The findings of NASA’s ‘Curiosity’ rover on Mars will prove that life was discovered on the Red planet 30 years ago, an American scientist has claimed.
Gilbert Levin, who led the “labelled release” experiment on Nasa’s 1976 Viking mission to Mars, is hoping that Curiosity will find evidence proving his claim to have found carbon-based organic molecules on the planet.
The findings could reinstate his refuted theory on discovery of life on Mars, the ‘New Scientist’ reported.
Gilbert Levin, a former sanitary engineer, led an experiment in 1976 which mixed Martian soil with a nutrient containing radioactive carbon.
His hypothesis argued that if bacteria were present in the soil, they would metabolise the nutrient and release some of the digested molecules as carbon dioxide.
The experiment found that carbon dioxide was indeed released and that it contained radioactive carbon atoms.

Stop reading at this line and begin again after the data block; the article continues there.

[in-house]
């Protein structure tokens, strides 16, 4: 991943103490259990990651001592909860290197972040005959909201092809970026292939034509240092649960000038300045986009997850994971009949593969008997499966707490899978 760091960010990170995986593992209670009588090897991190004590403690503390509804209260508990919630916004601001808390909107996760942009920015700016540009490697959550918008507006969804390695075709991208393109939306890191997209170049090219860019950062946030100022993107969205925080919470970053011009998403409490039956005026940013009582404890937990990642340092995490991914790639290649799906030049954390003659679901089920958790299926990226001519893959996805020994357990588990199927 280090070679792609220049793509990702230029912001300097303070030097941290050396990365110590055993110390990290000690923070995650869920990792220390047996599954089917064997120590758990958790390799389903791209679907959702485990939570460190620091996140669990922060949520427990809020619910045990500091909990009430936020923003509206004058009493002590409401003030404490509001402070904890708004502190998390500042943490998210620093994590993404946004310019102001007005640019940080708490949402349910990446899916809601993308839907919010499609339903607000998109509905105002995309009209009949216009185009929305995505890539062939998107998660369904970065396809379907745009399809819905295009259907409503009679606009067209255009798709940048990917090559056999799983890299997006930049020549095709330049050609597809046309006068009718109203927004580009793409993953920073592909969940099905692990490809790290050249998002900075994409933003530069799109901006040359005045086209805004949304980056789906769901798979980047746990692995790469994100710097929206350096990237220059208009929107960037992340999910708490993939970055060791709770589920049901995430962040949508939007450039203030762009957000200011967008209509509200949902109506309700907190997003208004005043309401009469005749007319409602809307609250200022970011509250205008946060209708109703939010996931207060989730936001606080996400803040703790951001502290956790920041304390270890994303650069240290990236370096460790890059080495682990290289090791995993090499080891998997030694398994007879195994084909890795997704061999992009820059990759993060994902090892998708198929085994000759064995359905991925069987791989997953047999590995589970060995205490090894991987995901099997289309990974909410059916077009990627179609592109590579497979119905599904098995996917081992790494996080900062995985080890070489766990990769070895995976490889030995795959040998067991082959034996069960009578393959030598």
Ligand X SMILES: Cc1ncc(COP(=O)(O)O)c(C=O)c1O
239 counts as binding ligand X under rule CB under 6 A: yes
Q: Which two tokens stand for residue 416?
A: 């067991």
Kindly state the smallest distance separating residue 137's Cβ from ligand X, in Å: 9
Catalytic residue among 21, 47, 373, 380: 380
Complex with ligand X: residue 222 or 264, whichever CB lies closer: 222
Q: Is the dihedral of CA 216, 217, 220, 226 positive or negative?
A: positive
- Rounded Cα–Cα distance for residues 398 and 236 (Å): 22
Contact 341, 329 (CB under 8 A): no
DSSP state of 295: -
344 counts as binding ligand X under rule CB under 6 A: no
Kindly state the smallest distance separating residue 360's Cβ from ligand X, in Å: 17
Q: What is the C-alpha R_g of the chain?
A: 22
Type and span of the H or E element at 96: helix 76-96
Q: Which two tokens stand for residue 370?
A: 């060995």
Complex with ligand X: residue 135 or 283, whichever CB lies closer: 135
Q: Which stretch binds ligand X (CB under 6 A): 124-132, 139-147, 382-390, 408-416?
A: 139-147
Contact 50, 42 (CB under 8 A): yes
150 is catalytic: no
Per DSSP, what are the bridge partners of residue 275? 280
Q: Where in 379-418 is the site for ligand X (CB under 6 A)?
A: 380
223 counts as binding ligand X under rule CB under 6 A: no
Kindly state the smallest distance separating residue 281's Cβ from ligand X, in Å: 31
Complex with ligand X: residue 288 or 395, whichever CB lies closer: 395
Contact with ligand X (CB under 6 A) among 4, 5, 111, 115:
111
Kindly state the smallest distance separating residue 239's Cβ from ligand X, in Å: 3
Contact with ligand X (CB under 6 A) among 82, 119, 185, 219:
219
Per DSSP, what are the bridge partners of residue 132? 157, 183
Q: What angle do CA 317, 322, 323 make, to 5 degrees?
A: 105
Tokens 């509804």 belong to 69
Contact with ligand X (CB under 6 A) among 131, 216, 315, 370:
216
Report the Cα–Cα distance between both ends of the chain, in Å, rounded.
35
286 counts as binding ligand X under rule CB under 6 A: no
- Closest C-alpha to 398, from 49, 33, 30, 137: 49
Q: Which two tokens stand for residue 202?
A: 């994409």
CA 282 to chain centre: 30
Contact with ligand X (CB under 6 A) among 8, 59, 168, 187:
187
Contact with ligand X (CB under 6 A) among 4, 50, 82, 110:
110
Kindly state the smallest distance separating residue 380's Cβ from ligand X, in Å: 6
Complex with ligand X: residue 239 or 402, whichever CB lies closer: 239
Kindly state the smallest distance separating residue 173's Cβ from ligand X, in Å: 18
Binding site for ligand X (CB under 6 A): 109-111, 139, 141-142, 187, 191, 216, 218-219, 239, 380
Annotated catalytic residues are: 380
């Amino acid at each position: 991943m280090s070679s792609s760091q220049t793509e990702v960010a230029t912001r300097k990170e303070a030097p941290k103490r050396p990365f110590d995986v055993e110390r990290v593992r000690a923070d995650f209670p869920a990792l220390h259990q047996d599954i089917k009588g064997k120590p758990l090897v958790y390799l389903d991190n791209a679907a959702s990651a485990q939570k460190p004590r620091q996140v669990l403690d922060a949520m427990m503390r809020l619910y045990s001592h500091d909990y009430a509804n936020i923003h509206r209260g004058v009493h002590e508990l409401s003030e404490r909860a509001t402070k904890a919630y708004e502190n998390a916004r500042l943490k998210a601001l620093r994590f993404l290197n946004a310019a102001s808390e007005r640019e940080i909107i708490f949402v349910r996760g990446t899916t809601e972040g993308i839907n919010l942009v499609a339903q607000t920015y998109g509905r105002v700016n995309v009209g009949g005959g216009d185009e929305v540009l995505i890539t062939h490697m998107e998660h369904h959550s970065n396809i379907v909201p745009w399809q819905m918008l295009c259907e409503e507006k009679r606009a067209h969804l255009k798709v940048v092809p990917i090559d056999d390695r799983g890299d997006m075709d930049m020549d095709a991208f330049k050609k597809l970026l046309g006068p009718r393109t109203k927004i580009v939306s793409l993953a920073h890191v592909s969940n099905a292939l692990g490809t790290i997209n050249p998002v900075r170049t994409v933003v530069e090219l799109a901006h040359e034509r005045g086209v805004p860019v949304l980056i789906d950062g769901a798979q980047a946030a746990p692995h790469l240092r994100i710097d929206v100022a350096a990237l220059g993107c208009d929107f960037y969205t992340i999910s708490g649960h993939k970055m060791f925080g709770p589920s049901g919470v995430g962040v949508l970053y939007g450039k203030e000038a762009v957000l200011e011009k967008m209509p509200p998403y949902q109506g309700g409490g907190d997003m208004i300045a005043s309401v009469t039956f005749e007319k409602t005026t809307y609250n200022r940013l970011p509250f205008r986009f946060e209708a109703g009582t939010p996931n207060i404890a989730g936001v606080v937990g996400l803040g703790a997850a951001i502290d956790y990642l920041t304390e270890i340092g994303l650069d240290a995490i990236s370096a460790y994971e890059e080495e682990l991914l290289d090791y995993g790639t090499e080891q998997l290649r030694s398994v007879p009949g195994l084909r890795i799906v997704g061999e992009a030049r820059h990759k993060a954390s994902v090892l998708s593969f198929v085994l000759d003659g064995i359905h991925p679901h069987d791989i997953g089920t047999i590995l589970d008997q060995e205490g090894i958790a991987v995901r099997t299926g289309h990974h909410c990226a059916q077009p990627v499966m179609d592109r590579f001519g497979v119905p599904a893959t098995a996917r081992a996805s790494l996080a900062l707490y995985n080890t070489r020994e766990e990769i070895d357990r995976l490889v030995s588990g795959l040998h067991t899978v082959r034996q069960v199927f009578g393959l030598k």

However, another experiment contradicted the findings.
Viking’s Gas Chromatograph Mass Spectrometer (GCMS) was looking for carbon-based molecules and found none.
NASA chiefs ruled that life could not exist without these modules, refuting Levin’s findings.
Since then, the team which carried out the GCMS experiment have admitted their apparatus was not sensitive enough to detect organic molecules, even in Earth soils known to contain microbes.
Now, if Curiosity does find organic molecules, Levin wants a reanalysis of his original data.
“I’m very confident that MSL (Mars Science Laboratory) will find the organics and possibly that the cameras will even see something,” Gilbert Levin said.
Robert Hazen, a geophysical scientist at the Carnegie Institution for Science in Washington DC, says that the claim holds some water, since it had been widely accepted that Gilbert Levin’s findings could only have been seen if microbial metabolisms were present in the Martian soil.
“If you can’t explain that through an obvious inorganic process, then it follows that microbial life is a real possibility,” he added.